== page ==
juwi to develop and run 10.6 MW plant in Australia

Mining company Sandfire Resources NL is looking to implement 34,080 solar panels on one off-grid site in western Australia.

The site, located at the DeGrussa mine 900 kilometres from Perth and slated to cost AUD $40 million, will be managed, developed, and owned by juwi. The site will have a capacity of 10.6 MW and storage will be in lithium-ion batteries with 6 MW capacity. juwi is coordinating the investment of AUD $39 million into the plant, and will own and operate the facility. The remaining investment will originate from Sandfire Resources.

The solar power station will be fully integrated within the existing 20 MW diesel-fired power station at DeGrussa. Construction is set to begin in Q2 2015 once financial conditions have been met. This is expected to happen by the middle of this year.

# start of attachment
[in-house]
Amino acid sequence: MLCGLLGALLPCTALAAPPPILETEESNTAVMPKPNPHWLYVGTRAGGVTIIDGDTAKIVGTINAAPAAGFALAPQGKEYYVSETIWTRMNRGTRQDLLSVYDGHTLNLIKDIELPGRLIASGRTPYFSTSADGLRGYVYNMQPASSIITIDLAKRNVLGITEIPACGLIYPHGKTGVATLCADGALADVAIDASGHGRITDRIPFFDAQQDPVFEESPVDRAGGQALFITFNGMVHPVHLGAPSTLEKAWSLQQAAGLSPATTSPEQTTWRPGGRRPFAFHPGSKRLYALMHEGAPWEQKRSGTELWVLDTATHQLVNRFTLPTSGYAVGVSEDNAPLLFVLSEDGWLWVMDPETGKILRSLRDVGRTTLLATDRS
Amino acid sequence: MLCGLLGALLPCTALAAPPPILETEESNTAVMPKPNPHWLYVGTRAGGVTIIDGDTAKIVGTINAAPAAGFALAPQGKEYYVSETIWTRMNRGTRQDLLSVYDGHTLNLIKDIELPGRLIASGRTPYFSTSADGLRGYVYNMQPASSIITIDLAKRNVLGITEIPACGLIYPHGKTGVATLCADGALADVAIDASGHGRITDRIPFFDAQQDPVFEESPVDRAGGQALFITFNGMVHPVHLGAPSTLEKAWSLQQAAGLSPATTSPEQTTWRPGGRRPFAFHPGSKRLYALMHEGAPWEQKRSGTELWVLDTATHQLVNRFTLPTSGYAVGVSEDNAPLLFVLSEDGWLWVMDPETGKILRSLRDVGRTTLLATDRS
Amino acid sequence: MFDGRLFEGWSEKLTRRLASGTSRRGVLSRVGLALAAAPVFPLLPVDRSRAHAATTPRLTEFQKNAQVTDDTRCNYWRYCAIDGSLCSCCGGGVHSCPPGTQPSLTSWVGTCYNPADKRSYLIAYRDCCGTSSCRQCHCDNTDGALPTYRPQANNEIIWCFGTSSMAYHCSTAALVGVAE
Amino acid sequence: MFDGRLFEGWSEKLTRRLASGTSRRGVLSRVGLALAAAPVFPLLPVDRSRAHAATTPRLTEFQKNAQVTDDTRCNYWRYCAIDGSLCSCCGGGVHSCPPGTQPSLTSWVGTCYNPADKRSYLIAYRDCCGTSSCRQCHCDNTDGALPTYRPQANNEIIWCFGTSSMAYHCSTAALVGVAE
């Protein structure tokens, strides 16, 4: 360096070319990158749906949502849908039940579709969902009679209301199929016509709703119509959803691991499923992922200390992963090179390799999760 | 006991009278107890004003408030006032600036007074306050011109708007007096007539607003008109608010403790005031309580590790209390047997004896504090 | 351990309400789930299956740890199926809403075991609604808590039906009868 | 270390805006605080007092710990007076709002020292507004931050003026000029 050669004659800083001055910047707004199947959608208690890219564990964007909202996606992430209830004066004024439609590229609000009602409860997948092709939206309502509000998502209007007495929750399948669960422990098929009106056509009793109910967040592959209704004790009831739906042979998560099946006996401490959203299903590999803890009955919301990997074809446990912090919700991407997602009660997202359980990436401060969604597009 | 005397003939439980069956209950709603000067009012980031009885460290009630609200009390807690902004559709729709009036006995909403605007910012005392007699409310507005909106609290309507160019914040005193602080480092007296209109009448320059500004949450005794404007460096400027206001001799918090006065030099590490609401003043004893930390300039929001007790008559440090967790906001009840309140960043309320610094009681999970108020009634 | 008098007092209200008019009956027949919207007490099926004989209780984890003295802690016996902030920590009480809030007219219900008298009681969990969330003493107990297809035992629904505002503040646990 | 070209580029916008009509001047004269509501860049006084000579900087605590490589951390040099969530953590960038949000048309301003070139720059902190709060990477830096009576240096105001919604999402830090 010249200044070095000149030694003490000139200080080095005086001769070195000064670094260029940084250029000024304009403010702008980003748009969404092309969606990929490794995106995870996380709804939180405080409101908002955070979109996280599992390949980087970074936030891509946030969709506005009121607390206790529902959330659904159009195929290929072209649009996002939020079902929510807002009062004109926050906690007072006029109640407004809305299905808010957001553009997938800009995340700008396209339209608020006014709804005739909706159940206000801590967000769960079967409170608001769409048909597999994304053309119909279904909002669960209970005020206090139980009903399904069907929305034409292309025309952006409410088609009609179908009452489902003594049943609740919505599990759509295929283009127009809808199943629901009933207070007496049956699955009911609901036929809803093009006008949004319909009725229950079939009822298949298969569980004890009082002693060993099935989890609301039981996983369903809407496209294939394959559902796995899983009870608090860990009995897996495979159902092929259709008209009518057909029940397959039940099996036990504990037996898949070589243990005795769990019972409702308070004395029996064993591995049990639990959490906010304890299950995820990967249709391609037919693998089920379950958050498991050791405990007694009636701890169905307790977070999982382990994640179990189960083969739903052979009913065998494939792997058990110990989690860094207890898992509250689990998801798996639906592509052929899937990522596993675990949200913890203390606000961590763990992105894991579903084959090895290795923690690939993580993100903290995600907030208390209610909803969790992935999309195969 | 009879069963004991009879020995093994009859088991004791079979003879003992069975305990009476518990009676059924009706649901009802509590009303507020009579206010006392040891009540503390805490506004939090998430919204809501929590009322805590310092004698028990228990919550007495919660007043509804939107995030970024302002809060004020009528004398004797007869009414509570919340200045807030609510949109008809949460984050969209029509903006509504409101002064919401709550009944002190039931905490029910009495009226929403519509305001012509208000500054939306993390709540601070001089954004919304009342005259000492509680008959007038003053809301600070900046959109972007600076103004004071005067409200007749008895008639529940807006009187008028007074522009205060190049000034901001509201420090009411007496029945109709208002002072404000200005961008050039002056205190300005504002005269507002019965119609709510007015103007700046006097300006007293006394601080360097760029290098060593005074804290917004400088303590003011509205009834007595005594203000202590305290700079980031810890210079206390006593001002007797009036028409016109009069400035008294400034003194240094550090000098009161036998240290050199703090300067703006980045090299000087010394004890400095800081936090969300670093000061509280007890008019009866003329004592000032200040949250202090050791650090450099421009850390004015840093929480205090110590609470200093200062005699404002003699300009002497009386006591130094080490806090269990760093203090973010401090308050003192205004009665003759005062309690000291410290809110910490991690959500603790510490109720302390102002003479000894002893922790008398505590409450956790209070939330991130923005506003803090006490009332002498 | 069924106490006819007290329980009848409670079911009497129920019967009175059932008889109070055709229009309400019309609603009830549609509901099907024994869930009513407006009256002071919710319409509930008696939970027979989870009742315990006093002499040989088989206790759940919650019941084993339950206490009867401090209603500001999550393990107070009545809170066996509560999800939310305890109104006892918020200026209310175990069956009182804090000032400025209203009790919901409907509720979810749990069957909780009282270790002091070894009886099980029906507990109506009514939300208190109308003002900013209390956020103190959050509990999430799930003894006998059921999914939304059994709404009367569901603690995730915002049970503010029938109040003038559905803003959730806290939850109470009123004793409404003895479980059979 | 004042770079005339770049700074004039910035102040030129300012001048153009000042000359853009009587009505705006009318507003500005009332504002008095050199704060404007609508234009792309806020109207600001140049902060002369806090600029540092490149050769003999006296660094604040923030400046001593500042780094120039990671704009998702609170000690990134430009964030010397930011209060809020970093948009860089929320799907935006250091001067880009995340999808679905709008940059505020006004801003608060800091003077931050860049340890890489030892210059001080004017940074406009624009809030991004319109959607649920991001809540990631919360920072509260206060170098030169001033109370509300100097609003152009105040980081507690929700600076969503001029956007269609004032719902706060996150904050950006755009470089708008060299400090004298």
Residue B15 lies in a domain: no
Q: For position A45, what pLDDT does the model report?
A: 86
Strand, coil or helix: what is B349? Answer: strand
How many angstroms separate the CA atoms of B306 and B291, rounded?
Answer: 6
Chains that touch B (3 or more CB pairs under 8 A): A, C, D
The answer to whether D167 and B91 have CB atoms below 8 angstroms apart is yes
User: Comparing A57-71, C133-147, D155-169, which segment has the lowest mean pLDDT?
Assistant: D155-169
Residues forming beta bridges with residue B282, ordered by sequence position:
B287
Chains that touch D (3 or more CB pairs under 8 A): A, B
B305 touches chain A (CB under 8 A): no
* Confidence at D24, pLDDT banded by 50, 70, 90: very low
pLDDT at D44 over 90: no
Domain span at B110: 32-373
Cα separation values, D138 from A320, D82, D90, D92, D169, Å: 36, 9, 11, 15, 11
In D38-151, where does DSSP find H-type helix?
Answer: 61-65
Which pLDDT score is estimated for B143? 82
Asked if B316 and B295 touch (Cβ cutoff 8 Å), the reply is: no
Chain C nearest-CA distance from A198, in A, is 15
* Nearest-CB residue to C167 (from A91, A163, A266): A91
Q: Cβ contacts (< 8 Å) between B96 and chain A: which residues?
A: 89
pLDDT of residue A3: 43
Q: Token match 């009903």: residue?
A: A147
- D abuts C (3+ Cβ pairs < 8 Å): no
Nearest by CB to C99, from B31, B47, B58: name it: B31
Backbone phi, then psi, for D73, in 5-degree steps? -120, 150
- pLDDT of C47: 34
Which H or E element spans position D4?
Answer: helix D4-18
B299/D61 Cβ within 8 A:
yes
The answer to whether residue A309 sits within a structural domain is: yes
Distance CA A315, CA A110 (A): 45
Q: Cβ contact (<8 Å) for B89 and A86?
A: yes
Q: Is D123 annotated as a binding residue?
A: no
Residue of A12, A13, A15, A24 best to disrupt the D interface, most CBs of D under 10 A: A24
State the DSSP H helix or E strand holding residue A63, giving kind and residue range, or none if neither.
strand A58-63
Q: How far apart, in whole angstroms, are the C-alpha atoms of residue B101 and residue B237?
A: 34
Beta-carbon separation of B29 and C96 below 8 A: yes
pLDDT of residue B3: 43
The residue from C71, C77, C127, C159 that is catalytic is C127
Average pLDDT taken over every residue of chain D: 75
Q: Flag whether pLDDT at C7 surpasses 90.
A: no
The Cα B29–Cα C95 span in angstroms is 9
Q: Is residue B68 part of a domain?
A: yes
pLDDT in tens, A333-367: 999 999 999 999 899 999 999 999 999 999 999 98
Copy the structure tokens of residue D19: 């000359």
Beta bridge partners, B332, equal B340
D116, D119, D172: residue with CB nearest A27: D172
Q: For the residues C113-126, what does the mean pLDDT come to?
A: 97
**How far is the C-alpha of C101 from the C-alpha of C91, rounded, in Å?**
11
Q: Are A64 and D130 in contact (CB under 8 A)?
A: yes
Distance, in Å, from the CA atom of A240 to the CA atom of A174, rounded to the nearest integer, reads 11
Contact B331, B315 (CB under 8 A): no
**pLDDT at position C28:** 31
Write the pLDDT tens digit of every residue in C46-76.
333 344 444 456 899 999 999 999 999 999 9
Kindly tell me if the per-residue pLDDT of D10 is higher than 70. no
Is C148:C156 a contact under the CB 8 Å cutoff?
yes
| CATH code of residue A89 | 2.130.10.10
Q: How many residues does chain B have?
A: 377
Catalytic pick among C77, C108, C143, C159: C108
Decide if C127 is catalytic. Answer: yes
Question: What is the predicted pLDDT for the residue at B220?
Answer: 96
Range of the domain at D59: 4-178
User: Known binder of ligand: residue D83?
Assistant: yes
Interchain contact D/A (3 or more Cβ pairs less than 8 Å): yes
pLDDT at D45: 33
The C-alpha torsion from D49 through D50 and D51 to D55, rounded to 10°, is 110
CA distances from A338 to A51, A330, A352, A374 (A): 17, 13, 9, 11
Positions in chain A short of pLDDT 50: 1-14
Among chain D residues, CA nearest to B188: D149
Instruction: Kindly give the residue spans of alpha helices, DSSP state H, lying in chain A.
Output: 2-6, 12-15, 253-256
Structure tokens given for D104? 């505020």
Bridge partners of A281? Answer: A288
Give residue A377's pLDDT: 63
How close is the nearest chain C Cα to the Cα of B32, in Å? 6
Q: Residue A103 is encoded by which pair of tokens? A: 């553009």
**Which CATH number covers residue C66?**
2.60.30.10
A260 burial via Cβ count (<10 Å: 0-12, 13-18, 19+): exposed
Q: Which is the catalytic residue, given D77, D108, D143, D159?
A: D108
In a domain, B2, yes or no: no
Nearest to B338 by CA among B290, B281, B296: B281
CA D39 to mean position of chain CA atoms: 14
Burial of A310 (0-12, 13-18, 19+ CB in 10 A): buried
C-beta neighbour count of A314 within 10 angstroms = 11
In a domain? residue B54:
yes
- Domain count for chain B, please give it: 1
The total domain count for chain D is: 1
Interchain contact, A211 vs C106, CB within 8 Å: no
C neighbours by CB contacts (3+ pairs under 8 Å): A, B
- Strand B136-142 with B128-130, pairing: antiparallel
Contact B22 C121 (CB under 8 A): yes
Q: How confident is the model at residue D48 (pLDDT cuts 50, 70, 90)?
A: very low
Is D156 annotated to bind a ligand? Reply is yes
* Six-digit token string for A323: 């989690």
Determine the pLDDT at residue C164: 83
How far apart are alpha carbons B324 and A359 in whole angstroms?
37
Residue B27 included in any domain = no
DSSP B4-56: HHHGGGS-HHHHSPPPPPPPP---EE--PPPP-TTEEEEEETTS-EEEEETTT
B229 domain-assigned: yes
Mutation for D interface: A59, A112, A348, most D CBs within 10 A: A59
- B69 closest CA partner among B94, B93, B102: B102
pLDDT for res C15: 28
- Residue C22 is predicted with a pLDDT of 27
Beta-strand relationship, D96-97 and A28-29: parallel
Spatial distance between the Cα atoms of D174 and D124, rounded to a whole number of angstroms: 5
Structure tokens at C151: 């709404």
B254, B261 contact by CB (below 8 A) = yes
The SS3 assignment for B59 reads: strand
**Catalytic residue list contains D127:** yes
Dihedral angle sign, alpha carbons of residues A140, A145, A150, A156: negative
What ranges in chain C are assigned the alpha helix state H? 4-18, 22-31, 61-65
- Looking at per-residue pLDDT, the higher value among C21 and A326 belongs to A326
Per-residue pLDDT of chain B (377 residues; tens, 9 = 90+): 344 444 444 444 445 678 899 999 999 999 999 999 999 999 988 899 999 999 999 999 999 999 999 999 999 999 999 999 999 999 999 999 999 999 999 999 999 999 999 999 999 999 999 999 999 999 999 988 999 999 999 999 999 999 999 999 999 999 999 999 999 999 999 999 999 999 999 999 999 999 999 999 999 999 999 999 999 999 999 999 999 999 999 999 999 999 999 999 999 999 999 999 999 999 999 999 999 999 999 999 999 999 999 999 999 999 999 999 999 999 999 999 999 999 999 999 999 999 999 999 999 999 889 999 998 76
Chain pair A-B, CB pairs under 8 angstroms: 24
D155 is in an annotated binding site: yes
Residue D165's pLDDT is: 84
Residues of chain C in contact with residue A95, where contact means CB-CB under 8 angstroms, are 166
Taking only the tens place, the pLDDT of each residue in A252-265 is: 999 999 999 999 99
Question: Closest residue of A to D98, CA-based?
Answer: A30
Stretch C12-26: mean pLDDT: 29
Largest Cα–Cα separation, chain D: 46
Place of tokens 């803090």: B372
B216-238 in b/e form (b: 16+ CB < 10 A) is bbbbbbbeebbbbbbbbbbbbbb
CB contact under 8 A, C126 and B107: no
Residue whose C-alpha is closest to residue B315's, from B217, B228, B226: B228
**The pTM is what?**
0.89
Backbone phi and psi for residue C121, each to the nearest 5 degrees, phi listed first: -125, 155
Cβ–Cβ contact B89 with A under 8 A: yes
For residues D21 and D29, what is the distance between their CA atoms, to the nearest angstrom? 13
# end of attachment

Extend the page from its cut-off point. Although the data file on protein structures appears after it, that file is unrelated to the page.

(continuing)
Andrew Drager, managing director of juwi Australia, said that the initial lifespan of the mine would be six years, although this could be extended. He added that complex arrangements had been made in order to mitigate the risks with such a short lifespan. He added, “It has taken eighteen months and has been pretty complex. A lot of that has been technical with issues such as power outages and fluctuation costs. A lot of our work in that time has been about due diligence with financiers, along with everyone else. That takes its time.”

The solar power station will be fully integrated with the existing 20MW diesel-fired power station at DeGrussa, which is owned and operated by Kalgoorlie Power Systems. Drager said that the name of the supplier of the modules would be made public in a couple of months.

Drager previously ran Brisbane-based Qi Power before it was taken over by juwi last year. juwi’s purchase of Qi Power was largely seen as a continuing move by the solar giant into Australia through its acquisition of the company, which specialised in providing off-grid hybrid systems for rural areas. That move seems to be part of juwi’s overarching plan to extend and expand its presence in the Asia-Pacific region, as detailed here just over three weeks ago.